As Uehara punched a final out of the game, of the series, of the season, he leaped into his catcher's arms. The dugout emptied and stormed the field. Each player was almost instantly wearing commemorative championship hats and t-shirts. The party had begun in Boston.
Along the visiting dugout, one man remained perched atop the steps leading to the field. Gazing in grief upon the celebration, manager Mike Matheny didn't move. Nine years prior, he had been removed from the lineup in the eventual deciding game of the 2004 World Series. At the end of the game, he was in the dugout as the Boston Red Sox celebrated in old Busch Stadium. Matheny had been in that very moment before, watching as once again David Ortiz and the Red Sox defeated his Cardinals.
When the 2012 regular season came to a close, the Boston Red Sox were in last place. Ortiz was viewed as washed-up and past his prime. In that time, maybe they were right. The season was rough for the superstar designated hitter and his teammates. In a decade of unparalleled success in the franchise's history, 2012 was thought to be the team's return to the cellar of infamy and woe. A year and a month later, Boston is on top of the baseball world once more.
The 2013 World Series was a vehicle for some of the most entertaining and puzzling baseball in many years. From the "Obstruction Game" to the following night's pick-off ending to the dazzling pitching performances every night. From the outset, what we were given was a World Series to be decided by the best team each league had to offer. Bookended by Boston blowouts, the series was otherwise a masterwork of compelling baseball. Never was there a showing of disrespect. In fact, there were moments when players on either side exchanged nods of high regard for one-another. If the World Series is meant to be the greatest game on earth being played on its grandest stage, then surely we were given theater worthy of the attention.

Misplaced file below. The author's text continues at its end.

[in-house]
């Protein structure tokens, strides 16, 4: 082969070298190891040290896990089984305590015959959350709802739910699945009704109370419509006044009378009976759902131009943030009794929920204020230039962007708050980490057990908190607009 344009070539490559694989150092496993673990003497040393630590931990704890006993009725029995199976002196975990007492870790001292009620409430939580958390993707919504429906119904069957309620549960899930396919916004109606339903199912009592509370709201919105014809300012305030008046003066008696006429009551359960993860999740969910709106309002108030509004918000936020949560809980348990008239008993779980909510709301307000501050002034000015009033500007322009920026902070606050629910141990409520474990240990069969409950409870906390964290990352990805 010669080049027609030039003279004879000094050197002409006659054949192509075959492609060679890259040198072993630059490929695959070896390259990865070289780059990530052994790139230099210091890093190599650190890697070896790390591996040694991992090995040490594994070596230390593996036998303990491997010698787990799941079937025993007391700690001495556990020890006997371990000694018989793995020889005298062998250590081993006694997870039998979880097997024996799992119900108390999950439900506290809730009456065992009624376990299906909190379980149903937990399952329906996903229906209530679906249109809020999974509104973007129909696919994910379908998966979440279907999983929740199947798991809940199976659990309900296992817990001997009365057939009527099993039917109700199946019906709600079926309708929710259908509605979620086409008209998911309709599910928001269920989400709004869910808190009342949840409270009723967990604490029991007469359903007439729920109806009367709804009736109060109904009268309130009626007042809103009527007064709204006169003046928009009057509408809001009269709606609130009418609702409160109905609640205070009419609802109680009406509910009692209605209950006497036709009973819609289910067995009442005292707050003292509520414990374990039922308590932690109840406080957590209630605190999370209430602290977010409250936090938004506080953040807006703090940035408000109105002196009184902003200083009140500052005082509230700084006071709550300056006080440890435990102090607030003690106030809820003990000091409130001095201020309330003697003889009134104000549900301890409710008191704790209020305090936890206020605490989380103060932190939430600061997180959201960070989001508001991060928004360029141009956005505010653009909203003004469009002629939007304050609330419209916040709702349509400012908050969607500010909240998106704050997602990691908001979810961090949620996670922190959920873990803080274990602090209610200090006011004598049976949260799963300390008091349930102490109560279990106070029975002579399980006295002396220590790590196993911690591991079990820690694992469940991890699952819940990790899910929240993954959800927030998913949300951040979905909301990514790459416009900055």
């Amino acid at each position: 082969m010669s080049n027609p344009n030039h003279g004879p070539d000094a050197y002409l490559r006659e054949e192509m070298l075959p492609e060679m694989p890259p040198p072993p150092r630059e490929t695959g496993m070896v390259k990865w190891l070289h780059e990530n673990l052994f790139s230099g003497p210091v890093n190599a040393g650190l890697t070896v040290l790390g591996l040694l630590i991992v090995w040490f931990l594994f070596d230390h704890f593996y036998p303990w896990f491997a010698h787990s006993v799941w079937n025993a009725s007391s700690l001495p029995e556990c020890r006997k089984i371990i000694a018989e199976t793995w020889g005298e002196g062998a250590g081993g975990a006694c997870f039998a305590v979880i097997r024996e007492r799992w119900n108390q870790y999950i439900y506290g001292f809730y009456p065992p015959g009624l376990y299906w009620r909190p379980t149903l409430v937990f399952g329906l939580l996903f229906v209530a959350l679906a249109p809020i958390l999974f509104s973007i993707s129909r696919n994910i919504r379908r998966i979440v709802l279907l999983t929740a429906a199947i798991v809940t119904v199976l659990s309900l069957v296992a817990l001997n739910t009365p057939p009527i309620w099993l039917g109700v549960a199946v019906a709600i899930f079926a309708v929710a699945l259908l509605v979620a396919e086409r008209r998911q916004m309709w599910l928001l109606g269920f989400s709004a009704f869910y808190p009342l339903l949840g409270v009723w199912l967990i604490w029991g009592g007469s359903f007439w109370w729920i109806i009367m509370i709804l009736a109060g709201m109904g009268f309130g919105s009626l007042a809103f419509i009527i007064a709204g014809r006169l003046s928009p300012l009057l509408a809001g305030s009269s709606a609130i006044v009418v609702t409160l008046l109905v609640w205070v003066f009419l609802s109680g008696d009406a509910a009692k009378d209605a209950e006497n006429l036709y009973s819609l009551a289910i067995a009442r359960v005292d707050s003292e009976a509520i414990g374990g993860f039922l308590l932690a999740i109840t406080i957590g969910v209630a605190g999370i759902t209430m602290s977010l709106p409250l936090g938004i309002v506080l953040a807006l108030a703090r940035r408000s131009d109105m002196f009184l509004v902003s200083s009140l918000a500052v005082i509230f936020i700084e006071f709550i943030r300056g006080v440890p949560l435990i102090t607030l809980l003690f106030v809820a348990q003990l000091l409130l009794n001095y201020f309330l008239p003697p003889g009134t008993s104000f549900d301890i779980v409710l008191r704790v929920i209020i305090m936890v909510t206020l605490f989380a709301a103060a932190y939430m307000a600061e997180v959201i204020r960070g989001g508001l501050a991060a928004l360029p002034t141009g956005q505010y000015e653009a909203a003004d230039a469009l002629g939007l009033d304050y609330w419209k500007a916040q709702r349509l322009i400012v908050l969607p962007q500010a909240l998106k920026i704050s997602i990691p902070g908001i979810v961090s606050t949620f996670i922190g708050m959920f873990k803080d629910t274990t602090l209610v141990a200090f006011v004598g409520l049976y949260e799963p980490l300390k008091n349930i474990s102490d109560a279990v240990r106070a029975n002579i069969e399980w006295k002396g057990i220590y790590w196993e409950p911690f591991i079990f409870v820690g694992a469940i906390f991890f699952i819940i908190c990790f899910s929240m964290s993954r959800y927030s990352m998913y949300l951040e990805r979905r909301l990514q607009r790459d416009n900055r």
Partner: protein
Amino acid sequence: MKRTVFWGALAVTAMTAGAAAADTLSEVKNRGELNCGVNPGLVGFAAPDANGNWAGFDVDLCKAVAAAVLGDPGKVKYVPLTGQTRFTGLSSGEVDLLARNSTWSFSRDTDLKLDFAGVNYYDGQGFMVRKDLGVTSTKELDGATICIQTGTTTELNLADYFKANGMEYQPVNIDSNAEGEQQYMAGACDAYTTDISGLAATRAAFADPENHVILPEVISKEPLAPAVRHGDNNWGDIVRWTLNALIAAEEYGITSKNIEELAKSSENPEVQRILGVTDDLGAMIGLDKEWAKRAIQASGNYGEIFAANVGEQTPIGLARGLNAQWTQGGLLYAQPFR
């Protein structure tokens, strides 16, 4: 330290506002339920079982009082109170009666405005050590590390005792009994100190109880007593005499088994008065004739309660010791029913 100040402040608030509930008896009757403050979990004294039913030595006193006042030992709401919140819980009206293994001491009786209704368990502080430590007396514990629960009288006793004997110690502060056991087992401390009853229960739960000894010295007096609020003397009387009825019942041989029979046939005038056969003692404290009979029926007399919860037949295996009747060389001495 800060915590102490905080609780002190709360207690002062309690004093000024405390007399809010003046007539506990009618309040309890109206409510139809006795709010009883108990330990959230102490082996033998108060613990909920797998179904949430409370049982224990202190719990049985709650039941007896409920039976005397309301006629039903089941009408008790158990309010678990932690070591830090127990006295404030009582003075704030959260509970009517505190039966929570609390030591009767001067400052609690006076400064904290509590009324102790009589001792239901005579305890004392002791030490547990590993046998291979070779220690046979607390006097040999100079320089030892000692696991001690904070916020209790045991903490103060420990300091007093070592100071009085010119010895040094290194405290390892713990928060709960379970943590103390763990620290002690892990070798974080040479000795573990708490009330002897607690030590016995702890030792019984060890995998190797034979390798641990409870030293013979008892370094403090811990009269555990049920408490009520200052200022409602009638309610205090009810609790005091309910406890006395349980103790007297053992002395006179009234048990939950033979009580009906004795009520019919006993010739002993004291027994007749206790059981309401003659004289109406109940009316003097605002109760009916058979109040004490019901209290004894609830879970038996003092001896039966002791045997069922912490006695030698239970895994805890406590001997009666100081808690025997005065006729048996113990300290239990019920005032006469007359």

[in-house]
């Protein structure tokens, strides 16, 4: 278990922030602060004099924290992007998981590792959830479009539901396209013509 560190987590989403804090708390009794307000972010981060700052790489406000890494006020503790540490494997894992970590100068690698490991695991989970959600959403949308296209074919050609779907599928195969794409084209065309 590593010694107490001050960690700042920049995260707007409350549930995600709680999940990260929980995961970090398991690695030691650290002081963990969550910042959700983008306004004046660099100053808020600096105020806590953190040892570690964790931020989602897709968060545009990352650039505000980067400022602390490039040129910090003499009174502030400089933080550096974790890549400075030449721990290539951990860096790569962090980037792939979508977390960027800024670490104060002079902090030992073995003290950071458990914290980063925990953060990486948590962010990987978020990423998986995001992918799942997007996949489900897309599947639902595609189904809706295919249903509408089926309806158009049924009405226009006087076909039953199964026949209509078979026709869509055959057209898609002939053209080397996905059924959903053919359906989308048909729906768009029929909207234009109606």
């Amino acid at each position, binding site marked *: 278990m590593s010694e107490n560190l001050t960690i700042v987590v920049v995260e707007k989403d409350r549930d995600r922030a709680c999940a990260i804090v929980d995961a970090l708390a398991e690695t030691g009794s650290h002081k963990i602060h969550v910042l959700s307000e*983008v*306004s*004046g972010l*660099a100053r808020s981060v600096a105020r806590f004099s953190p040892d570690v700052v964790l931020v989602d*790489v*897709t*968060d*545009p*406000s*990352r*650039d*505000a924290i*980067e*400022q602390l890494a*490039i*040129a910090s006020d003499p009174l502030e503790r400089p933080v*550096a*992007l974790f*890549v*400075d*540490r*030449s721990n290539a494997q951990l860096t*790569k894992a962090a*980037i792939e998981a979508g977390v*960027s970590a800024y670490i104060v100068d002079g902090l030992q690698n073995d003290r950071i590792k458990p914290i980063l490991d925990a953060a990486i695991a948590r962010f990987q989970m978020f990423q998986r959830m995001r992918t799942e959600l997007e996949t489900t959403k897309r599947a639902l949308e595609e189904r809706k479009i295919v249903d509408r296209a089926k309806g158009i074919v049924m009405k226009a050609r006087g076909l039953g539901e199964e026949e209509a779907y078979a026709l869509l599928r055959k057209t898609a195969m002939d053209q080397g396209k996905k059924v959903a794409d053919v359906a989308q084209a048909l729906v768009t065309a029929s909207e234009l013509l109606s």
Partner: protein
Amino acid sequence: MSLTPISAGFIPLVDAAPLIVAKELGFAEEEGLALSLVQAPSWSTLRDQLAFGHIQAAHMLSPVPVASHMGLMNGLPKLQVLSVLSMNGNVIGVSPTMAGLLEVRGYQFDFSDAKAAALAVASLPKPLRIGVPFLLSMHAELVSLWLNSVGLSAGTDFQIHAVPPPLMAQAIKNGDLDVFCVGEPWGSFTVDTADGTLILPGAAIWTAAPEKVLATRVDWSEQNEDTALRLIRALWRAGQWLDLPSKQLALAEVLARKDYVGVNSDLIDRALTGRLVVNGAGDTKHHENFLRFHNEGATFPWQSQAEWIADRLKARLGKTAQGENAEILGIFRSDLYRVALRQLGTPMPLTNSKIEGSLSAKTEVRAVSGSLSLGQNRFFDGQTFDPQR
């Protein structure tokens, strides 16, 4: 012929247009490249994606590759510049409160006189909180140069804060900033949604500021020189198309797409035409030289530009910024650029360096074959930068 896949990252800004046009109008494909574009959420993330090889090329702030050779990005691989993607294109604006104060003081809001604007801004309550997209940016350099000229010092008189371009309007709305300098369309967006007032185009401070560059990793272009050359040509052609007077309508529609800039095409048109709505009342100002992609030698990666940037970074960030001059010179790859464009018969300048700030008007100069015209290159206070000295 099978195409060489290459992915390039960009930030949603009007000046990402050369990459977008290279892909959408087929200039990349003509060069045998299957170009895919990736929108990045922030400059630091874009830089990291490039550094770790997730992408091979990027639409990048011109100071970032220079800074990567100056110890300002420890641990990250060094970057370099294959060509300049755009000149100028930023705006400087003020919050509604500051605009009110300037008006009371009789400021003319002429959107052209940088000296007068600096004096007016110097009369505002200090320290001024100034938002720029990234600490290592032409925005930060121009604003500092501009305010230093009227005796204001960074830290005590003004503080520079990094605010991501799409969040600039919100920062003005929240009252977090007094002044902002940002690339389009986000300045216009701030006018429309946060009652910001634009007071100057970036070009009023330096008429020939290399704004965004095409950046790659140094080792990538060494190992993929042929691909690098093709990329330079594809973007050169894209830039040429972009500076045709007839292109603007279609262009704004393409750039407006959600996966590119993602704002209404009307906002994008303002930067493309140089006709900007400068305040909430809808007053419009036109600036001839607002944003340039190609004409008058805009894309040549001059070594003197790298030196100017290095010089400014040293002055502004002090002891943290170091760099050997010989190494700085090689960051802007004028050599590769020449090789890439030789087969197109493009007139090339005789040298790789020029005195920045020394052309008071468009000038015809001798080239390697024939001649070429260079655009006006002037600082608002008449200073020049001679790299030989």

Thursday, October 31, 2013
A baseball season can seem so long that a single plate appearance can seem largely insignificant. As summer's long days turn cold and th...
Baseball in the twenty-first century is a wild creature. It has been a force of stability in a time of unprecedented tragedy and a gravitati...
In 2001, Barry Bonds hit seventy three home runs. Roger Clemens won the Cy Young without completing a single game he started. The Seattle Ma...
It is an elegant game, played by brutes and bastards. It gives space to breathe only to reciprocate with moments that stop the heart. It cre...